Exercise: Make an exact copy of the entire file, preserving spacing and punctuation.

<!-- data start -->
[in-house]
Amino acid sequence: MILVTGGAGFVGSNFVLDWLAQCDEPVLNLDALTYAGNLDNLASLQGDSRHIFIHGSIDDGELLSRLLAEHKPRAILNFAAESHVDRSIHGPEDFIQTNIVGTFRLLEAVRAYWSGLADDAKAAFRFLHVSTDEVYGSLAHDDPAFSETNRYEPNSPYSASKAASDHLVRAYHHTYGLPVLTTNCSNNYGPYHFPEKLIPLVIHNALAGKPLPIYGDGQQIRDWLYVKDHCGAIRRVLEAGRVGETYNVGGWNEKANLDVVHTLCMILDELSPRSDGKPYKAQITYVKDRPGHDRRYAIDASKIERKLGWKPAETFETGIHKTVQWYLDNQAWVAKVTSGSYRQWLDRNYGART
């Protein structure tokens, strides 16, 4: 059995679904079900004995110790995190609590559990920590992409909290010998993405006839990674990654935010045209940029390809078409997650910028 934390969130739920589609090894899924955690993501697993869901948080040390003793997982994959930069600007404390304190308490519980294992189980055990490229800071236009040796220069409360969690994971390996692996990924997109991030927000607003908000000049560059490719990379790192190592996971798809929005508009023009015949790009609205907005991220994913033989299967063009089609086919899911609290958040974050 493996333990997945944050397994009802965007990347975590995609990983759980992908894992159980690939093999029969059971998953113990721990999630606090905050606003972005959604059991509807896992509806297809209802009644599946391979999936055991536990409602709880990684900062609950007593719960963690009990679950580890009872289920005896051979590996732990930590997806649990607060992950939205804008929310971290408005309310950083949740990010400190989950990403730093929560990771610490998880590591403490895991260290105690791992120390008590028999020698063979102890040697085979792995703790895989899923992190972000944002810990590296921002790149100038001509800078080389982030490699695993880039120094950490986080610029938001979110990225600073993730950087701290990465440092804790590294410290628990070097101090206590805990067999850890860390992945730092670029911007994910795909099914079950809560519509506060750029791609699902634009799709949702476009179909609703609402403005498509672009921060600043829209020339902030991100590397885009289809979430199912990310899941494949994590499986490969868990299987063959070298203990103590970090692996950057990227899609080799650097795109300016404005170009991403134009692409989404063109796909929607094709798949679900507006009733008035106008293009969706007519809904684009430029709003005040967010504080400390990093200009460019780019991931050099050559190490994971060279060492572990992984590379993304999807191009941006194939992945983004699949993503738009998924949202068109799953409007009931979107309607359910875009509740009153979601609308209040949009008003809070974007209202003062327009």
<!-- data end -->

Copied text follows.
[in-house]
Amino acid sequence: MILVTGGAGFVGSNFVLDWLAQCDEPVLNLDALTYAGNLDNLASLQGDSRHIFIHGSIDDGELLSRLLAEHKPRAILNFAAESHVDRSIHGPEDFIQTNIVGTFRLLEAVRAYWSGLADDAKAAFRFLHVSTDEVYGSLAHDDPAFSETNRYEPNSPYSASKAASDHLVRAYHHTYGLPVLTTNCSNNYGPYHFPEKLIPLVIHNALAGKPLPIYGDGQQIRDWLYVKDHCGAIRRVLEAGRVGETYNVGGWNEKANLDVVHTLCMILDELSPRSDGKPYKAQITYVKDRPGHDRRYAIDASKIERKLGWKPAETFETGIHKTVQWYLDNQAWVAKVTSGSYRQWLDRNYGART
């Protein structure tokens, strides 16, 4: 059995679904079900004995110790995190609590559990920590992409909290010998993405006839990674990654935010045209940029390809078409997650910028 934390969130739920589609090894899924955690993501697993869901948080040390003793997982994959930069600007404390304190308490519980294992189980055990490229800071236009040796220069409360969690994971390996692996990924997109991030927000607003908000000049560059490719990379790192190592996971798809929005508009023009015949790009609205907005991220994913033989299967063009089609086919899911609290958040974050 493996333990997945944050397994009802965007990347975590995609990983759980992908894992159980690939093999029969059971998953113990721990999630606090905050606003972005959604059991509807896992509806297809209802009644599946391979999936055991536990409602709880990684900062609950007593719960963690009990679950580890009872289920005896051979590996732990930590997806649990607060992950939205804008929310971290408005309310950083949740990010400190989950990403730093929560990771610490998880590591403490895991260290105690791992120390008590028999020698063979102890040697085979792995703790895989899923992190972000944002810990590296921002790149100038001509800078080389982030490699695993880039120094950490986080610029938001979110990225600073993730950087701290990465440092804790590294410290628990070097101090206590805990067999850890860390992945730092670029911007994910795909099914079950809560519509506060750029791609699902634009799709949702476009179909609703609402403005498509672009921060600043829209020339902030991100590397885009289809979430199912990310899941494949994590499986490969868990299987063959070298203990103590970090692996950057990227899609080799650097795109300016404005170009991403134009692409989404063109796909929607094709798949679900507006009733008035106008293009969706007519809904684009430029709003005040967010504080400390990093200009460019780019991931050099050559190490994971060279060492572990992984590379993304999807191009941006194939992945983004699949993503738009998924949202068109799953409007009931979107309607359910875009509740009153979601609308209040949009008003809070974007209202003062327009």